You'll be happy to know that I've kept my vow about not buying any new cookbooks until I've cooked just one recipe out of every book I already have. Well, kind of. I've sort of been cheating. While doing research for Annie's Birthday Fiesta I discovered that the Beverly Hills Public Library has a really great, expansive cookbook section. Much better than poor West Hollywood's tired and obvious selection. Leave it to the 90210. I've gone back a couple times and have been able to find several books that I've considered buying, so I figured why not give 'em a test run to see if I even want to buy them.
One of these books was called Moroccan Modern, by Hassan M'souli. I'd leafed through it before at Sur La Table and thought it looked interesting. As you know, I heart Moroccan food and would love to know more about it. Looking at the book more closely at home, a lot of the recipes looked delicious albeit somewhat time consuming. Sadly my schedule as of late has really eaten into my cooking time, so for now at least, some of those dishes just aren't meant to be. But then I came across this interesting lentil recipe. It takes but a handful of ingredients, many of them pantry staples, and not a lot of time. And it just so happened that after my last two experiments with the fiery North African condiment known as harissa (Harissa Spiced Snapper with Roasted Beet Salsa and Caramelized Carrot Puree and Grilled Harissa-Marinated Lamb with Moroccan Yogurt Sauce) I had the exact amount needed for the recipe leftover in a jar in my refrigerator. Perfect.
In the book the lentils are served with, if I remember correctly, kidney skewers or some such equally unappealing internal organ meat. Whatever it was, I didn't really want to go there. Instead I decided to combine it chicken marinated with harissa's condiment cousin, charmoula. For those who don't know, charmoula is simple sauce made from cilantro, parsley, garlic, cumin, and olive oil. The charmoula recipe I settled on I found on the internet, but it turned out to be courtesy of none other than Ms. Suzanne Goin. It seems I can't escape her influence. Not that I want to, of course.
CHARMOULA MARINATED CHICKEN
1 tablespoon cumin seeds
1 garlic clove, minced
1 cup finely chopped fresh cilantro
1/2 cup finely chopped fresh Italian parsley
2 teaspoons fresh lemon juice
1 1/2 teaspoons paprika
1/8 teaspoon cayenne pepper
1/2 cup extra-virgin olive oil
Kosher salt and freshly ground black pepper
4 boneless, skinless chicken breasts
1 cup lentils
3 cups water
Kosher salt and freshly ground black pepper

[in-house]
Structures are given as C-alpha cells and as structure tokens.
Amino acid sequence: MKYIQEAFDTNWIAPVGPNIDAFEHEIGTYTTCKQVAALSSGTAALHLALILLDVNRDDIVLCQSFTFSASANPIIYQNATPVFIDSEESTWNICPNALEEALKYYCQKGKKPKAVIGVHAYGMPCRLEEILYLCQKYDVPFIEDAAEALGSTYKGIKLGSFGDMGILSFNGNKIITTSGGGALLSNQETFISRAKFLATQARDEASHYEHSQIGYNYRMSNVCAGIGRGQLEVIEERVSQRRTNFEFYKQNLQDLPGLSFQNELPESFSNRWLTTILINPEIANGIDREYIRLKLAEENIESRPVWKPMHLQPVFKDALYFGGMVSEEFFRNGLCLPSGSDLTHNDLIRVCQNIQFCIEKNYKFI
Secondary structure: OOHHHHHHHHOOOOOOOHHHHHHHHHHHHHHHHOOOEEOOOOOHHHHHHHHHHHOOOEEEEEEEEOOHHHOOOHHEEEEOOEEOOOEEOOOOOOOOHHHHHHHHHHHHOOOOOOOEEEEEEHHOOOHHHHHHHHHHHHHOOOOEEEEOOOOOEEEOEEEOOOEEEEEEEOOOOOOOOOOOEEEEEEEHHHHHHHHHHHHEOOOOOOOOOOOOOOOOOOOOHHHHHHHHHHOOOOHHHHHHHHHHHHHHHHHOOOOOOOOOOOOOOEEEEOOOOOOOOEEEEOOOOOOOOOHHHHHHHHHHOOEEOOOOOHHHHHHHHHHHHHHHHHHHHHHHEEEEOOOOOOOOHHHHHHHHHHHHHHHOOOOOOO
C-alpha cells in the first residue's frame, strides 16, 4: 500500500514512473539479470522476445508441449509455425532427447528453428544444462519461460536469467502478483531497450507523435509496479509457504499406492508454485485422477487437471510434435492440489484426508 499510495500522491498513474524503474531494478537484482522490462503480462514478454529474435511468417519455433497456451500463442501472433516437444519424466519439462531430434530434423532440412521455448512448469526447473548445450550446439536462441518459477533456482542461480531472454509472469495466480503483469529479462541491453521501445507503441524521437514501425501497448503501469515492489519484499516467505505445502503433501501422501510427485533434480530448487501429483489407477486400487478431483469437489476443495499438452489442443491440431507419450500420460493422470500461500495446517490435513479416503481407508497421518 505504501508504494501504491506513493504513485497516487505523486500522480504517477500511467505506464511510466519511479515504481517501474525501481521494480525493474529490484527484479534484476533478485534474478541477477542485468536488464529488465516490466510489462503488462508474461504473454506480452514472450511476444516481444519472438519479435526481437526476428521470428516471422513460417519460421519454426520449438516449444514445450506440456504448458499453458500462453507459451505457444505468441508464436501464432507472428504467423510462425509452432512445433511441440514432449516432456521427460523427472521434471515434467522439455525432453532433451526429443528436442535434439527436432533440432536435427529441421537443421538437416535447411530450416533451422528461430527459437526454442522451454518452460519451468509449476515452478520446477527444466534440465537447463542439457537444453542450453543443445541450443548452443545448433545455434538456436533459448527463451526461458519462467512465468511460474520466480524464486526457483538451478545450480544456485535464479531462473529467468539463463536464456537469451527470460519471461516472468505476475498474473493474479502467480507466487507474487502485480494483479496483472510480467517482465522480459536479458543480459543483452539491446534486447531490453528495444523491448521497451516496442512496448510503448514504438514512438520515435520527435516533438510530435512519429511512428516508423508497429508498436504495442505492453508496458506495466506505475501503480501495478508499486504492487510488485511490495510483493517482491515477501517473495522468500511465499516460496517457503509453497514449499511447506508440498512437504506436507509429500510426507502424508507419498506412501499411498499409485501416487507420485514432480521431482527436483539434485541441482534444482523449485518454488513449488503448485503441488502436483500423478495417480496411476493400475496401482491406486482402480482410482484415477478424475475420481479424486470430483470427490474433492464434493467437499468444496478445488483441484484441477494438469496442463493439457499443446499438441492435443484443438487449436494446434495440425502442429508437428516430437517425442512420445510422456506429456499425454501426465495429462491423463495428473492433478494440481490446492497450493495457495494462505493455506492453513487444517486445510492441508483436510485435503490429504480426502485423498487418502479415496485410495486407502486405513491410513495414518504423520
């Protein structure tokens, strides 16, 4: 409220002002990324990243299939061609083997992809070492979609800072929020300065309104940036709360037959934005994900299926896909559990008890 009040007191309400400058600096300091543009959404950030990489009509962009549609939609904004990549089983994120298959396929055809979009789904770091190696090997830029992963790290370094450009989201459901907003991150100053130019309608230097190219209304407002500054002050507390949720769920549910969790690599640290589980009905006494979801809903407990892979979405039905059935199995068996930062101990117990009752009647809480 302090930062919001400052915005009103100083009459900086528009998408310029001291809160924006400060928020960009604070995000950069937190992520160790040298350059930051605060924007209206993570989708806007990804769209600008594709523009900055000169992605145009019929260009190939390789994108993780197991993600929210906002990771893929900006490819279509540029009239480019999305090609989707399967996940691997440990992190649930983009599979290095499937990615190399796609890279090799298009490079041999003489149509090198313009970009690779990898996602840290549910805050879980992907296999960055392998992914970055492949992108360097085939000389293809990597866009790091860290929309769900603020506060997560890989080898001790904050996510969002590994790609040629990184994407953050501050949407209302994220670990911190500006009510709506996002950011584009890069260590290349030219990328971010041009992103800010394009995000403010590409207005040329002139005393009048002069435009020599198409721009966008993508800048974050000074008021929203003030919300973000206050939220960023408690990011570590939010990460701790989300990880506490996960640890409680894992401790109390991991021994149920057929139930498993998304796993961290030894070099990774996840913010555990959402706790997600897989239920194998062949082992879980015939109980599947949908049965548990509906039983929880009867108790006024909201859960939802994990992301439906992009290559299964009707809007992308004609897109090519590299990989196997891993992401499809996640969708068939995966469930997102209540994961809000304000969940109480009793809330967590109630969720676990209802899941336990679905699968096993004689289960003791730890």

2 tablespoons olive oil
2 scallions, finely chopped
2 tablespoons harissa
1 14 oz can crushed tomatoes (I used a can of whole, fire roasted tomatoes, which I crushed by hand and I combined it with one fresh tomato that I had on had and needed something to do with)
First make the charmoula. Stir cumin in small skillet over medium heat until lightly toasted, about 2 minutes. Transfer to mortar. Add garlic; pound with pestle until a sort of dry paste forms.
Transfer to bowl. Mix in cilantro, parsley, lemon juice, paprika, and cayenne pepper. Stir in olive oil. Season with salt and pepper.
Place the chicken breasts in a bowl and season on both sides with salt and pepper. Spoon over half the charmoula and, using your hands, massage into the chicken. Cover and let set for at least 30 minutes, although several hours would be better.
Preheat the oven to 400 degrees F. Place the chicken breasts on a baking sheet and spoon over a little more of the charmoula. Place in the oven and roast for 15 to 20 minutes.
While the chicken is roasting, rinse off the lentils and place in a small saucepan with the water and bring to a boil. Lower heat and simmer for 15 to 20 minutes, until the lentils are tender but not mushy. Drain and set aside.
Meanwhile, heat the oil in a fry pan over medium high heat. Add the scallions and harissa and cook for about 1 minute, stirring to combine.
Add the tomatoes, reduce the heat to medium low and cook for 5 minutes. Add the drained lentils and cook for another five minutes.
Taste for seasoning and serve topped with the charmoula marinated chicken.
The charmoula sauce has a wonderful, herby vibrancy, a little heat and the beloved and always welcome presence of cumin and garlic. The sauce is similar to the Argentinian sauce, chimichurri. In fact, after a little research, they seem to be virtually identical. So much so that after comparing several recipes, I can't quite tell a difference, which is sort of interesting. Anyway, it's a great marinade for chicken and would work equally well spooned over lamb, skirtsteak, a hearty fish like swordfish, or even as a topping on a burger. It would be good to make for someone who thinks they don't like cilantro, as there are a lot of strong flavors going on that all sort of meld into one. I'm all about trying to get people to eat the foods they think the don't like.
The lentils mirror and intensify the subtle heat in the charmoula and add a nice sweetness from the tomatoes and the peppers in the harissa. This is a great weeknight dinner, as it takes very little time to prepare. If the chicken were cut into small pieces and threaded onto a skewer would cut the cooking time even further.